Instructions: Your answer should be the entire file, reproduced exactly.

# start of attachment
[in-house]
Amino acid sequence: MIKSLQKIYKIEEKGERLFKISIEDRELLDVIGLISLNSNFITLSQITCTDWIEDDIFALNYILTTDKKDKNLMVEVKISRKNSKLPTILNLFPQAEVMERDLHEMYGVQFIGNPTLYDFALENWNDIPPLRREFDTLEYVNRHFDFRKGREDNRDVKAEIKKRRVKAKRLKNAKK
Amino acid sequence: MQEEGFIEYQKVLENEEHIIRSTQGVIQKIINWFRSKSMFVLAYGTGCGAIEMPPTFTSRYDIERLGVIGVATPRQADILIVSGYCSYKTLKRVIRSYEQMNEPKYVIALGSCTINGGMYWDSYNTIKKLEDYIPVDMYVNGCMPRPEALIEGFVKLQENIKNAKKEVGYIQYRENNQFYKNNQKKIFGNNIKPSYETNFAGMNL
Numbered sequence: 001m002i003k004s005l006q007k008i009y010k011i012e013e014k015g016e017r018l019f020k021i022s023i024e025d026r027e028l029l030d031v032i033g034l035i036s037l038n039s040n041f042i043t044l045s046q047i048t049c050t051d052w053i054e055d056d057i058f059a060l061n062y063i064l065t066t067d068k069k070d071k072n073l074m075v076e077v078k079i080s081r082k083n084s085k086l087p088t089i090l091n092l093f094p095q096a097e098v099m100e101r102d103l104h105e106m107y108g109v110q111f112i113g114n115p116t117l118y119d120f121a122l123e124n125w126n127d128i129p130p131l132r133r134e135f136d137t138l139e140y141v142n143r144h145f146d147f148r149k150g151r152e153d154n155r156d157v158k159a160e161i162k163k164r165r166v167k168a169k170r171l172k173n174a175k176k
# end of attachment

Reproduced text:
[in-house]
Amino acid sequence: MIKSLQKIYKIEEKGERLFKISIEDRELLDVIGLISLNSNFITLSQITCTDWIEDDIFALNYILTTDKKDKNLMVEVKISRKNSKLPTILNLFPQAEVMERDLHEMYGVQFIGNPTLYDFALENWNDIPPLRREFDTLEYVNRHFDFRKGREDNRDVKAEIKKRRVKAKRLKNAKK
Amino acid sequence: MQEEGFIEYQKVLENEEHIIRSTQGVIQKIINWFRSKSMFVLAYGTGCGAIEMPPTFTSRYDIERLGVIGVATPRQADILIVSGYCSYKTLKRVIRSYEQMNEPKYVIALGSCTINGGMYWDSYNTIKKLEDYIPVDMYVNGCMPRPEALIEGFVKLQENIKNAKKEVGYIQYRENNQFYKNNQKKIFGNNIKPSYETNFAGMNL
Numbered sequence: 001m002i003k004s005l006q007k008i009y010k011i012e013e014k015g016e017r018l019f020k021i022s023i024e025d026r027e028l029l030d031v032i033g034l035i036s037l038n039s040n041f042i043t044l045s046q047i048t049c050t051d052w053i054e055d056d057i058f059a060l061n062y063i064l065t066t067d068k069k070d071k072n073l074m075v076e077v078k079i080s081r082k083n084s085k086l087p088t089i090l091n092l093f094p095q096a097e098v099m100e101r102d103l104h105e106m107y108g109v110q111f112i113g114n115p116t117l118y119d120f121a122l123e124n125w126n127d128i129p130p131l132r133r134e135f136d137t138l139e140y141v142n143r144h145f146d147f148r149k150g151r152e153d154n155r156d157v158k159a160e161i162k163k164r165r166v167k168a169k170r171l172k173n174a175k176k